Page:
are linearly independent over \mathbb{F}_b, then the digital net with generating matrices C_1,\ldots, C_s is called a digital (t,\alpha,\beta, n \times m, s)-net over \mathbb{F}_b.

For \alpha=\beta = 1 and n = m one obtains a digital (t,m,s)-net over \mathbb{F}_b.

Definition [Digital (t,\alpha,\beta,\sigma, s)-sequence]
Let s,\alpha, \sigma \in \mathbb{N} and t \in \mathbb{N}_0 and let 0 \textless \beta \le \min(1, \alpha/\sigma) be a real number. Let \mathbb{F}_b be the finite field of order {}b, where {}b is a prime power. Let C_1,\ldots, C_s \in \mathbb{F}_b^{\mathbb{N} \times \mathbb{N}}, where \boldsymbol{c}^{(i)}_j \in \mathbb{F}_b^{\mathbb{N}} is the {}jth row vector of the matrix C_i for j \in \mathbb{N} and 1 \le i \le s. Further let C_i^{(\sigma m \times m)} denote the left upper \sigma m \times m submatrix of C_i for 1 \le i \le s. If for all m \textgreater t/(\beta \sigma) the matrices C_1^{\sigma m \times m)},\ldots, C_s^{(\sigma m \times m)} generate a digital (t, \alpha,\beta, \sigma m \times m, s)-net over \mathbb{F}_b, then the digital sequence with generating matrices C_1,\ldots, C_s is a digital (t, \alpha,\beta, \sigma, s)-sequence over \mathbb{F}_b.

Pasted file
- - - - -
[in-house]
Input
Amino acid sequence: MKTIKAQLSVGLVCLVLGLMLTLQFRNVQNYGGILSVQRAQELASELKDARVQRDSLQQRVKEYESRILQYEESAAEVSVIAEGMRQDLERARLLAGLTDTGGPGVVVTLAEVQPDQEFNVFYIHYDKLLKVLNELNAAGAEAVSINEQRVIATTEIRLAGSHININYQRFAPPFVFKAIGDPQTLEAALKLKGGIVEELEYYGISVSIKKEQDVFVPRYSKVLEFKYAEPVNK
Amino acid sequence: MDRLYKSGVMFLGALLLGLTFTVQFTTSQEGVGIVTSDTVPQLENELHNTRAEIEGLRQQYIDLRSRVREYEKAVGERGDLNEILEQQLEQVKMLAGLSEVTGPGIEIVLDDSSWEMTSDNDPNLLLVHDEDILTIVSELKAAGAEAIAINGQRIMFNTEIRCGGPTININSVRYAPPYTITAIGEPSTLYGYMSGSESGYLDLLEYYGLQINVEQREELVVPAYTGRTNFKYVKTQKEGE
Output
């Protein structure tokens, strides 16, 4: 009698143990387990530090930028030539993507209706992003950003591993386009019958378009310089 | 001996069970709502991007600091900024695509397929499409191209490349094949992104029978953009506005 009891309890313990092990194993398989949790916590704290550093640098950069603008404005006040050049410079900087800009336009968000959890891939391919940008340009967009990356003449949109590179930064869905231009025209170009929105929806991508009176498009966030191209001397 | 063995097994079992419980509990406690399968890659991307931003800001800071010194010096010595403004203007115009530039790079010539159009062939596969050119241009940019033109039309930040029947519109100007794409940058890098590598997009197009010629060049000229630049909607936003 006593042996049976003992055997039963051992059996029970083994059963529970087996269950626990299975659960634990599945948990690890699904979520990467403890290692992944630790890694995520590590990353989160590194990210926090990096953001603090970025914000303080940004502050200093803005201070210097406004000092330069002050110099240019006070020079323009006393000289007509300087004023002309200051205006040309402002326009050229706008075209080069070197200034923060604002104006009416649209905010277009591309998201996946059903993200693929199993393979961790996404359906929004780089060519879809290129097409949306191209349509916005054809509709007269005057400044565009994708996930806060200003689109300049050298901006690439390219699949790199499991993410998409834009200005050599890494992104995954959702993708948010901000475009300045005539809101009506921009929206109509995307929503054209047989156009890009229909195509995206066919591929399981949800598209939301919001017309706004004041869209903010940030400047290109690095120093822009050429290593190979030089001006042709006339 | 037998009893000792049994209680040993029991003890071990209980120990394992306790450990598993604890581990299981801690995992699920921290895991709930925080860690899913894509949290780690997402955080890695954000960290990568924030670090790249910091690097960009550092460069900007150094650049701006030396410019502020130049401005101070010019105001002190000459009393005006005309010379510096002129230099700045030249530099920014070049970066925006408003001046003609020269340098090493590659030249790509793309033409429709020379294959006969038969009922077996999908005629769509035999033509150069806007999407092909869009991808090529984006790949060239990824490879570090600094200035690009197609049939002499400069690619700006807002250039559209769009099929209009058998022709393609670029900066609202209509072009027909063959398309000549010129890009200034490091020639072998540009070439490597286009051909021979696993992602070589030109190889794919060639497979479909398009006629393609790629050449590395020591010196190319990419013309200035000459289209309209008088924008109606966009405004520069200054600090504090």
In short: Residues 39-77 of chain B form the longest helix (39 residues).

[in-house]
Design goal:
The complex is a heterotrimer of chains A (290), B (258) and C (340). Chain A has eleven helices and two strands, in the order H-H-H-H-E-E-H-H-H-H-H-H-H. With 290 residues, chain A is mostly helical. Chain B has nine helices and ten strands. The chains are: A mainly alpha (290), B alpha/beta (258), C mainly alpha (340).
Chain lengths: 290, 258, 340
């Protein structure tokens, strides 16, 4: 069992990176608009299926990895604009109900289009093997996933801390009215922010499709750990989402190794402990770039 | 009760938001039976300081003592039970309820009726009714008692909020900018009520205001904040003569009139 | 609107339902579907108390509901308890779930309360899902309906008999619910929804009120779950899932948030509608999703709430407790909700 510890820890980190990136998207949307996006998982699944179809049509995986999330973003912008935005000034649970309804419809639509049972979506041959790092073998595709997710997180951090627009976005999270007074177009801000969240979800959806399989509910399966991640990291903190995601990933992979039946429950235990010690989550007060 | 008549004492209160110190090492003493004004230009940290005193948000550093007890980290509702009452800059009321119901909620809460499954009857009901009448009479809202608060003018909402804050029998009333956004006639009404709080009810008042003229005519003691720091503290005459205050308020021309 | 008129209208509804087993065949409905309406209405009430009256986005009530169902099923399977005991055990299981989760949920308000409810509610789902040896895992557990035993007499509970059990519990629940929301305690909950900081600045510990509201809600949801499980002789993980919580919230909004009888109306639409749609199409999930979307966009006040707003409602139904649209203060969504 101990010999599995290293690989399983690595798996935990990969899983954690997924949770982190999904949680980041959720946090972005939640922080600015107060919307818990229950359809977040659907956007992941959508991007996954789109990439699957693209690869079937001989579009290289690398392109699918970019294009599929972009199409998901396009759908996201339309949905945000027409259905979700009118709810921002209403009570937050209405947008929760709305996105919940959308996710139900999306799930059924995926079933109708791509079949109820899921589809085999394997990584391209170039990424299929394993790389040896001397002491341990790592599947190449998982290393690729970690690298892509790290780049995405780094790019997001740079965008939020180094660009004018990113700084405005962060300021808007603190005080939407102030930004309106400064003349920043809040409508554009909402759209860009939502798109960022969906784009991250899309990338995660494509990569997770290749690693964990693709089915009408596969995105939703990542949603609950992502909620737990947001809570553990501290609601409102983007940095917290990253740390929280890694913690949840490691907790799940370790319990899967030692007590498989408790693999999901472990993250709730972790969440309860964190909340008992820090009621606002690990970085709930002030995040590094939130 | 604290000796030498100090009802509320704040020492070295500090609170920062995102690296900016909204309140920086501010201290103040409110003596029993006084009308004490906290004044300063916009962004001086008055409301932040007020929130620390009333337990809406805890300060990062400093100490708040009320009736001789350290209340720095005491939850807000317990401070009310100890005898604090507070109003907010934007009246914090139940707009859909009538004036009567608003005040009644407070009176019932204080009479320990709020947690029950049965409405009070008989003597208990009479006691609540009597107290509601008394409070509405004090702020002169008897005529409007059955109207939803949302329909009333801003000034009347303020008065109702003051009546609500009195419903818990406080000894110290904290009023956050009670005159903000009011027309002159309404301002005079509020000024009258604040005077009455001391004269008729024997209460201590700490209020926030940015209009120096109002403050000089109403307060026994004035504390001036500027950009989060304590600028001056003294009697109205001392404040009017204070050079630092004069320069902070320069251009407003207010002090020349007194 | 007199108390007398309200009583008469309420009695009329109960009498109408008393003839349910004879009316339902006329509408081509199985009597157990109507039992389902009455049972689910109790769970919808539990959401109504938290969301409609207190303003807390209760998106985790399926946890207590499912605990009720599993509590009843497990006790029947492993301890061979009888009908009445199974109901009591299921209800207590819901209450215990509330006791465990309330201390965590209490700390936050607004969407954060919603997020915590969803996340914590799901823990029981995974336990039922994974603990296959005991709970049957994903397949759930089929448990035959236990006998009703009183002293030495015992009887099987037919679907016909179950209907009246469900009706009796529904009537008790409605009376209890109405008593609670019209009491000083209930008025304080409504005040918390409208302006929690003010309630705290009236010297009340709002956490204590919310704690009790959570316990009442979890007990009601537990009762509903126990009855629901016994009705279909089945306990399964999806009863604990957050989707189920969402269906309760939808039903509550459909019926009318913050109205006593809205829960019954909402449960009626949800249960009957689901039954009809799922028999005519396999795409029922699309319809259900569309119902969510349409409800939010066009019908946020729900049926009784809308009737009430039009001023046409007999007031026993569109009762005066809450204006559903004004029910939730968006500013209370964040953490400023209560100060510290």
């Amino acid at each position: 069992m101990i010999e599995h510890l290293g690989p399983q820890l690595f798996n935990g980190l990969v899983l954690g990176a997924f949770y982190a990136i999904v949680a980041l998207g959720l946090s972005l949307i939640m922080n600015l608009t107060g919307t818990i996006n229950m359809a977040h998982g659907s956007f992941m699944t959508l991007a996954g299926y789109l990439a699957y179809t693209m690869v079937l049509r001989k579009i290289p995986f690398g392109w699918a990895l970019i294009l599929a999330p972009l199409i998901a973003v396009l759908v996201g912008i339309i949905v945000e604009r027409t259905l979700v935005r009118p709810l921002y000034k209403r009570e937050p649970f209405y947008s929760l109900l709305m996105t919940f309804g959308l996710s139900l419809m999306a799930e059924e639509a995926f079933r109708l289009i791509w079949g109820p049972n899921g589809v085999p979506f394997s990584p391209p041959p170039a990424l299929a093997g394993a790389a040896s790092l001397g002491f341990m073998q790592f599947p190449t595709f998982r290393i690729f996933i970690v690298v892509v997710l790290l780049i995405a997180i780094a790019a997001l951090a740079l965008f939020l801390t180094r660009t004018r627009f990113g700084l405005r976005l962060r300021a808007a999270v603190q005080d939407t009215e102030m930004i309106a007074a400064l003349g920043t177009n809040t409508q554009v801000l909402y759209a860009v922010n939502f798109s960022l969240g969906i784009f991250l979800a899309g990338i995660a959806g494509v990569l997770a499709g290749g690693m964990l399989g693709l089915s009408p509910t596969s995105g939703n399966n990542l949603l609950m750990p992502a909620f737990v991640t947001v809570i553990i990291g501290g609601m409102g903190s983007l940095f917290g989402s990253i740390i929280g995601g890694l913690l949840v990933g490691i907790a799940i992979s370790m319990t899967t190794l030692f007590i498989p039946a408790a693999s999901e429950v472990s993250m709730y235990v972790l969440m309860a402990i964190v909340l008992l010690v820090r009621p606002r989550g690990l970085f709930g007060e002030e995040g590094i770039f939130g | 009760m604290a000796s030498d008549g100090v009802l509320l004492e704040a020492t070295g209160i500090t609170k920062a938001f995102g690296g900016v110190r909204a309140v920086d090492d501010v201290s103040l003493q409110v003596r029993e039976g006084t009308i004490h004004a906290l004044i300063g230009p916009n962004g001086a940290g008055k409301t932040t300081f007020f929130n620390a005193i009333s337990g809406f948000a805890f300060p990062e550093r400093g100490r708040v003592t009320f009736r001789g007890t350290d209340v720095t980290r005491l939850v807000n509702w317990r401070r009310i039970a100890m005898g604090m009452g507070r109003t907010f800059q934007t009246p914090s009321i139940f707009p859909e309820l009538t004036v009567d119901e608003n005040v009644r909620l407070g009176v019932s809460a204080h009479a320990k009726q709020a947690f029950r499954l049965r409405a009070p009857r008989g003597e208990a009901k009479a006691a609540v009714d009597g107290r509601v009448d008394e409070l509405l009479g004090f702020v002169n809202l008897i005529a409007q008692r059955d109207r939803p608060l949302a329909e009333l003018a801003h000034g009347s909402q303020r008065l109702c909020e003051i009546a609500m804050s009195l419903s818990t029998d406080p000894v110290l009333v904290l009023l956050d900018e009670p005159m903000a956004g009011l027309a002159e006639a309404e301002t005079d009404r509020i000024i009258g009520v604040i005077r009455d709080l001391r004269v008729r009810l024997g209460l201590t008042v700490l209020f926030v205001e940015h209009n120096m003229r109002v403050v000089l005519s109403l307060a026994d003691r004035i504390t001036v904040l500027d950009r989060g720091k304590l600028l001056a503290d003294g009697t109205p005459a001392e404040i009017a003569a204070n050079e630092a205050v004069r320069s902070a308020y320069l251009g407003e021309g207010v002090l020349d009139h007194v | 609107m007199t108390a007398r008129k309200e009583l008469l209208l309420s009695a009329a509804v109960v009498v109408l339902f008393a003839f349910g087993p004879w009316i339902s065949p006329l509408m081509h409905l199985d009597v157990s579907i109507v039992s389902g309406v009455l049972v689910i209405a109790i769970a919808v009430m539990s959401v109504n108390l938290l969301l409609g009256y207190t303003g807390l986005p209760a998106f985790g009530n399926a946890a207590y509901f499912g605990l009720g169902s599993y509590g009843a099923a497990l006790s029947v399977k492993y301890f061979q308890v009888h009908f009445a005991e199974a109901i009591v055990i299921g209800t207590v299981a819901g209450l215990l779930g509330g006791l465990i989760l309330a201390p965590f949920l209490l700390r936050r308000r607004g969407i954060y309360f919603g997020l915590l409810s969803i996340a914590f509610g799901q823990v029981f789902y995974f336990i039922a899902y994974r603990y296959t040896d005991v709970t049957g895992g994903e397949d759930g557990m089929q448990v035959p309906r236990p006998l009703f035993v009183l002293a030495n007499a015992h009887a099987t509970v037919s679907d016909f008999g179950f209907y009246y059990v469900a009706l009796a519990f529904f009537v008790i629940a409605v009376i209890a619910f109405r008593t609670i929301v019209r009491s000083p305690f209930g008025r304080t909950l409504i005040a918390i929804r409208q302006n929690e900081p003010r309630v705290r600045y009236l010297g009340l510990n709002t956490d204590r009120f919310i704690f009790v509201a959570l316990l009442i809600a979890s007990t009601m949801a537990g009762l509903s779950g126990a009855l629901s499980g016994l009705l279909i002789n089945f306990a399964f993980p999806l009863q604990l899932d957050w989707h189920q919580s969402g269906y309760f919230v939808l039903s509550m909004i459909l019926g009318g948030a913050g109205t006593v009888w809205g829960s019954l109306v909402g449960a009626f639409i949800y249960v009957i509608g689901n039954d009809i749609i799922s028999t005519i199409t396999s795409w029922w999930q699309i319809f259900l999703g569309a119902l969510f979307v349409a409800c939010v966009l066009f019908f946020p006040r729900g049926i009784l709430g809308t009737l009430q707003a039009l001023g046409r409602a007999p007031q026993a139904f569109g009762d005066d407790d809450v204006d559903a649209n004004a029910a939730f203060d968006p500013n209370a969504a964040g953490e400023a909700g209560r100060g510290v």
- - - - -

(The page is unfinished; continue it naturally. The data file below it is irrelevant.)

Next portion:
For \alpha = \beta = \sigma = 1 one obtains a digital (t,s)-sequence over \mathbb{F}_b.

Before we can define the analogue geometrical concepts, we need the notion of a higher order elementary interval (which is actually not an interval anymore, but a union of intervals). We need some notation. Let \boldsymbol{\nu}=(\nu_1,\ldots, \nu_s) \in \mathbb{N}_0^s, let |\boldsymbol{\nu}|_1 = \sum_{i=1}^s \nu_i, let \boldsymbol{d}_{\boldsymbol{\nu}} = (d_{1,1},\ldots, d_{1,\nu_1}, \ldots, d_{s,1},\ldots, d_{s,\nu_s}), let \boldsymbol{a}_{\boldsymbol{\nu}} \in \{0,1,\ldots, b-1\}^{|\boldsymbol{\nu}|_1} and let \boldsymbol{a}_{\boldsymbol{\nu}} = (a_{1,d_{1,1}}, \ldots, a_{1,d_{1,\nu_1}},\ldots, a_{s,d_{s,1}}, \ldots, a_{s,d_{s,\nu_s}}), where the components d_{i,l} and a_{i,l}, l = 1,\ldots, \nu_i, do not appear in \boldsymbol{d}_{\boldsymbol{\nu}} and \boldsymbol{a}_{\boldsymbol{\nu}} if \nu_i = 0. By a higher order elementary interval we mean a subset of [0,1)^s of the form